The world as we know it is in imbalance. While there are many factors at play, it is a telling fact that women still have to fight for their place, their rights and their agency in the world. While this would not have been the choice for our first dharmapolitan exploration, the recent political mood and debates make it imperative that we talk about it. Violence against women has been in the news in India because of a spate of crimes against women coming to light and more recently a documentary showcasing one the more violent crimes in the recent past. At the same time, we read about the incidence of campus rapes being branded the ‘new social panic’ in the American media. There is a common thread between these disparate incidents. By discussing what a woman’s status ought to be in a dharmapolitan world, we may be able to understand the violence that occurs when women are not accorded that station.
That patriarchy and our age old practices have relegated women to a less than human status is sadly true. Gender based violence is symptomatic of a slew of problems in our society today.The inequalities begin with existence, as female foetuses are aborted, and continue throughout their lives and manifest with lack of social support and most brutally with violence.
As Dharmapolitans, we are sensitive to similarities as well as differences that have moral consequences. We are used to similarity being the basis for moral responsibility. Our obligations are often couched in the language of similarity; for example, we might say “all human beings are created equal,” where the equal is to be understood in two related but distinct ways:
- Equal in their organic nature, i.e., having similar capacities for thinking, feeling and suffering.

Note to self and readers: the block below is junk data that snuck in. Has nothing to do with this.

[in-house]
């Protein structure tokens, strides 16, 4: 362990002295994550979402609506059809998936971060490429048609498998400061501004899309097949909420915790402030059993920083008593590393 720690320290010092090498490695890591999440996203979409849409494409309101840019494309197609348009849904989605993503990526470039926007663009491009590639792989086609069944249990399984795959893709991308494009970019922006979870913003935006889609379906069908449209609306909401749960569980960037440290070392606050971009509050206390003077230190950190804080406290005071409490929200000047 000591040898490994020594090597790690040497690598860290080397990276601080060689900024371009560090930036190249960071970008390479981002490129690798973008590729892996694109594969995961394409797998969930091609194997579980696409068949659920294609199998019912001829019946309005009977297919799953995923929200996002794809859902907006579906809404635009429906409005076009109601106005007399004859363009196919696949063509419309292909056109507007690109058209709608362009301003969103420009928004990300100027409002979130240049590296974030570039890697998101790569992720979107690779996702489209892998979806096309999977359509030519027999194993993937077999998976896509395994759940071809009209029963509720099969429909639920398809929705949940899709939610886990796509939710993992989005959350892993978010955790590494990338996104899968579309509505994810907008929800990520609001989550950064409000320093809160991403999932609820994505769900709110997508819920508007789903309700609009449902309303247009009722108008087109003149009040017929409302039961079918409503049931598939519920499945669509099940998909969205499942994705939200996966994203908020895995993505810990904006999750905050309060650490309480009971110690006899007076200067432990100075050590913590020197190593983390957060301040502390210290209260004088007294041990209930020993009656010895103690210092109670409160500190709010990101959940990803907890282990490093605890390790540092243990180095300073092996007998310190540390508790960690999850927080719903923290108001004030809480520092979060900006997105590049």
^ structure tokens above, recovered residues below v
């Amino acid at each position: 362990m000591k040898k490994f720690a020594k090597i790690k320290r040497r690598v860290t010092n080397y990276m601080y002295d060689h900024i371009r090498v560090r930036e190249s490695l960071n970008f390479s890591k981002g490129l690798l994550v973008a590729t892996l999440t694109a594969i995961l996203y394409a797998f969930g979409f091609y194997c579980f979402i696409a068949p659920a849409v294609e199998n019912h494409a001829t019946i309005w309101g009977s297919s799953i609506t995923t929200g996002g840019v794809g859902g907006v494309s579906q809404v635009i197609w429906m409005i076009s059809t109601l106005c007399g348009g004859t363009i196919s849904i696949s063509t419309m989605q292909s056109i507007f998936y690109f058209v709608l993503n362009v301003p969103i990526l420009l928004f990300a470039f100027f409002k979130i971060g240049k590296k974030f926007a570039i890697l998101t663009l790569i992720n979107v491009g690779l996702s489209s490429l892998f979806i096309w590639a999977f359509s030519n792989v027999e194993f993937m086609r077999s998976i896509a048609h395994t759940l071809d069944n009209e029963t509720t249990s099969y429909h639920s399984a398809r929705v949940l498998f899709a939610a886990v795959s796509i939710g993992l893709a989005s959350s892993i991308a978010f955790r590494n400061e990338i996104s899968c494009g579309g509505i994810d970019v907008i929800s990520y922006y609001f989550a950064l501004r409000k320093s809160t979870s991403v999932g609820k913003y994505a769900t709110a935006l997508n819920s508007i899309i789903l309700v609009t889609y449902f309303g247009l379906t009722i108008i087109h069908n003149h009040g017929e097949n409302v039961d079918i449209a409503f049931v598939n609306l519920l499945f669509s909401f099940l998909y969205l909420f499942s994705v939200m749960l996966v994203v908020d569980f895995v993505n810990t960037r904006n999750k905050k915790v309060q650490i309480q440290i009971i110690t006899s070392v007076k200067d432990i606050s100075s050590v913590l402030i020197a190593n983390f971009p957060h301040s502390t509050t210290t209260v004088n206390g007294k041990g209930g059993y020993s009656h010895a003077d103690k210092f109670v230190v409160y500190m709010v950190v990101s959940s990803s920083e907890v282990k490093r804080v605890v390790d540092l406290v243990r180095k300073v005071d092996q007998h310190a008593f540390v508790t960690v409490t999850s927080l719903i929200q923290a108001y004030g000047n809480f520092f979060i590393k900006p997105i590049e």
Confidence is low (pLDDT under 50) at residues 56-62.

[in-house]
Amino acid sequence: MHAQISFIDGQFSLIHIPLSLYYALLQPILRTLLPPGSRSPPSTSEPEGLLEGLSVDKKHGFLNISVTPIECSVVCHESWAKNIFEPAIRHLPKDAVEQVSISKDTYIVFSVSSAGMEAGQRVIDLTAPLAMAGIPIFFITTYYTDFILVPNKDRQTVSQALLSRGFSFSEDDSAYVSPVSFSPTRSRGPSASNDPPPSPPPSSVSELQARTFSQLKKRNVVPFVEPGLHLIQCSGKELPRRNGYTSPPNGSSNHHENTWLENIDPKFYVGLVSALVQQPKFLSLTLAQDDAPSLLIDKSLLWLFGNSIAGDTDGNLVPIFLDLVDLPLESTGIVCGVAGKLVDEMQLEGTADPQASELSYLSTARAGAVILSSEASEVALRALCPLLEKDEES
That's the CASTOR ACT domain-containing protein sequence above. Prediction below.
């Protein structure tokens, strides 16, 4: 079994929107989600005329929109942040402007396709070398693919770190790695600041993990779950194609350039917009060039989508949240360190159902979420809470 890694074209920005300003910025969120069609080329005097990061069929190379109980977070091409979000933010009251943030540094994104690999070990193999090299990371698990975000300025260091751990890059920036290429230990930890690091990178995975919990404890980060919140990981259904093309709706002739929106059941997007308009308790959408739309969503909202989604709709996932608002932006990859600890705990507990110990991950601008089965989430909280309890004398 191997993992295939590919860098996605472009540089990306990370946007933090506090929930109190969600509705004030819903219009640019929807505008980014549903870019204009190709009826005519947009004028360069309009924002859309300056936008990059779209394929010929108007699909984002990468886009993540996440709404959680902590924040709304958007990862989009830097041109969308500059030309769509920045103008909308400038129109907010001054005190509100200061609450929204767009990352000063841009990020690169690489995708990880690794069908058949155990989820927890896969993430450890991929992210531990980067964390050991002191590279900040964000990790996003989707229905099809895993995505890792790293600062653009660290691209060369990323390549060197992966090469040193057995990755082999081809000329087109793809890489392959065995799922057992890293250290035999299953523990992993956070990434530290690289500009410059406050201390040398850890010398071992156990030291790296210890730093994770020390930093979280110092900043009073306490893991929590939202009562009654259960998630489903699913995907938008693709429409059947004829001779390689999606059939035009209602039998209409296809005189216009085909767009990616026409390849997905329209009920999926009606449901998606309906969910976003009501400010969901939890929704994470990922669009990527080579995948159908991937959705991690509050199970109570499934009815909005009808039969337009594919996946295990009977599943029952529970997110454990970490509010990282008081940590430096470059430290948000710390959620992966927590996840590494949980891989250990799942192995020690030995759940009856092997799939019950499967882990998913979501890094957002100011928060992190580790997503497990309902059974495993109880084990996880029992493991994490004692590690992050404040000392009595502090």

- Equal in the eyes of the law, i.e.,deserving similar treatment from the state and other relevant parties.
Of course, equality and similarity are always asserted in the backdrop of difference. There’s no need to state the obvious in a world where everyone’s actually treated alike. It’s the fact that they’re treated differently that makes equality worth iterating. At the very least, we start with the realization that people should be treated equally, but they are treated unequally. The reality of difference is in contrast with the ideal of similarity. The study of difference precedes the study of equality.
Differences that are salient qua difference (henceforth DMD) are particularly important. Consider the opposite, a coin toss or a roll of dice. Imagine a game of dice where the larger throw wins. If two gamblers roll a pair of dice and one gets a total of 11 and the other gets a total of 7, the first one wins. However, there’s nothing but chance associated with the win. Assuming a fair game, the results could have been different. The difference between 7 and 11 isn’t a difference that makes a difference, i.e., a DMD.